Recently, our Highlands College evening class was asked to ponder what the Bible has to say regarding women in ministry. After viewing a video teaching on this subject from Dr. Craig S. Keener, professor of New Testament at Asbury Theological Seminary, and based on the scriptures referenced and some contextual explanation, here are my thoughts in defense of women in ministry and women not remaining silent.
We are surrounded both presently and in history with examples of many mighty women of God. I will not namedrop here (the list of references would be way too lengthy), but as you read this, I am sure several or even hundreds will come to your mind. These “women in ministry,” who may or may not have an official title or church position, have served not only as prayer warriors and missionaries or through leading ministry outreaches to the hurting and the broken, but also as teachers, speakers, and even preachers for the Lord.
Hopefully, these Biblical references will further encourage women who believe the Lord is calling them to speak, teach, preach and even prophesy, to not remain silent, but arise in obedience and in divine order and alignment for such a time as this.
Miriam, Huldah, and Deborah served as prophets in the Old Testament. In the New Testament, Anna is listed as a prophet and Junia in an apostolic role (see Exodus 15:20-21; 2 Kings 22:3-20; Luke 2:36-38; Romans 16:7).
Philip’s four virgin daughters prophesied (Acts 21:8-9).
There are references by Paul of women praying and prophesying in the church in 1 Corinthians 11, as well as Paul commending many of his fellow women servants in ministry as servant leaders (Romans 16; Philippians 4:2-3).
Miriam led in worship (singing and dancing). She was not silent, nor was she still as she led prophetic, spontaneous worship that involved dancing and tambourines too!
Deborah led as both a judge and a prophet. She was not silent. In Judges 4, we see Barak would not even go to war without Deborah.
Huldah served as a prophet with a word for the nation. She was not silent.
Both Deborah and Huldah certainly held positions of spiritual authority equal to men.
God used all these women listed in scripture prophetically, timely and powerfully.
They definitely were not silent.
In all of these examples, speaking and remaining silent are not in line with their gifts, anointings and assignments, nor are they in line with the mandate of going into all the world and preaching the gospel and making disciples. Many of Paul’s fellow workers who were women were clearly teaching as referenced in Romans 16 with Priscilla (and Aquila). Also, in Acts 18:24-26, we know that Priscilla and Aquila took Apollos (an enthusiastic and eloquent speaker) aside and “explained the way of God more accurately to him.” This indicates that Priscilla did operate as a teacher, and likely operated in the office of pastor-teacher along with her husband.*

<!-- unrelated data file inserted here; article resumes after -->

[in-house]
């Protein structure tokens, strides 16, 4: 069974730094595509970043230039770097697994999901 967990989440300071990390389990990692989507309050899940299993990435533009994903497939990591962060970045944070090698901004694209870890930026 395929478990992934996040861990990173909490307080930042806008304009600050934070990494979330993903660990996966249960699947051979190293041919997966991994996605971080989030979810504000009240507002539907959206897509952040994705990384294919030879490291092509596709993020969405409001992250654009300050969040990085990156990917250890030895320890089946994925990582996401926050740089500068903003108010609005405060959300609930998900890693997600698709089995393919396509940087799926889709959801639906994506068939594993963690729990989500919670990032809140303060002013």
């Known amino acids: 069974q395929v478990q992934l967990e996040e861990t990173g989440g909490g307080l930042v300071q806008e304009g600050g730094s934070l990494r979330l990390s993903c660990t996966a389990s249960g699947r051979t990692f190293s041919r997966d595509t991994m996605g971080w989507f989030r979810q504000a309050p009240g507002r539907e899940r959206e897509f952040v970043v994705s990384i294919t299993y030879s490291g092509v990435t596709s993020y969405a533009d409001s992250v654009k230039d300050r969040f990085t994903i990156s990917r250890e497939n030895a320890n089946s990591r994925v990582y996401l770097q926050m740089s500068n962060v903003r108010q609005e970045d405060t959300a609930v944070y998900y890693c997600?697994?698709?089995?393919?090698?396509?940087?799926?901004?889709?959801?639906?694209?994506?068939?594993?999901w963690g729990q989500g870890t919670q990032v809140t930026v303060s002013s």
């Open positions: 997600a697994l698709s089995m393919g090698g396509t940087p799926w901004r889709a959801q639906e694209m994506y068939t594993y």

The references in 1 Corinthians 14 and 1 Timothy 2 referring to women keeping silent and not speaking must be taken in context as well as in light of the whole understanding of scripture, and with an understanding of cultural and social customs specific to the text referenced. When studied in light of the historical and social background at that time, we see that the reference in 1 Corinthians 14:35 stating, “Women should be silent during the church meetings,” was more about women who were speaking and causing disorder in the worship meeting for several reasons. Obviously, women were allowed to pray and prophesy just like the men as eluded to in 1 Corinthians 11, just as long as their heads were covered. Again, the head covering is referring to another Corinthian social custom that was clearly understood during this time. Also, being under the proper covering of authority or order in the church is certainly vital. (The same is true even in meetings not involving the church. The principle of not causing disruption by subverting the person who is in charge or leading the meeting applies to any organization or meeting.) Paul is reiterating the importance of making sure the meetings involving worship are conducted in an orderly manner, and this is the clear emphasis in the preceding verses in 1 Corinthians 14. Clearly the women were being disruptive through their speaking out of order here and Paul was addressing this issue.
Jesus obviously honored all women, no matter their background, especially given his interaction with the woman caught in adultery, the Samaritan woman at the well, and the fact that He appeared to women first after being resurrected from the grave, including Mary Magdalene and the other Mary (John 4; 8:1-11; Matthew 28). Although this is not the point, it is a good reminder.
Finally, scripture proves that our gender, ethnicity, nor our race has anything at all to do with God’s empowering us with His Spirit and calling us as His royal priests to serve Him and the people He loves, which include both the saved and the not yet saved. Furthermore, in the last days, God has promised to pour out His Spirit on “all” people, and men and women alike will prophesy. God anoints those He appoints and who are available and answer His call, both men and women, young and old.
One More Point to Ponder:
Esther is another brave young woman who did not remain silent, but instead arose to the call to speak boldly on behalf of her people, as Mordecai reminded her,
“Who knows if perhaps you were made queen for such a time as this?” (See Esther 4:14)
Additional References: Galatians 3:26-29; 1 Peter 2:9; Acts 2:17-21; Joel 2:28-29 *New Spirit Filled Life Bible Commentary by Jack W. Hayford
Professor Craig S. Keener’s video teaching entitled “Women in Ministry” is available on YouTube. Further insight is provided through his teaching.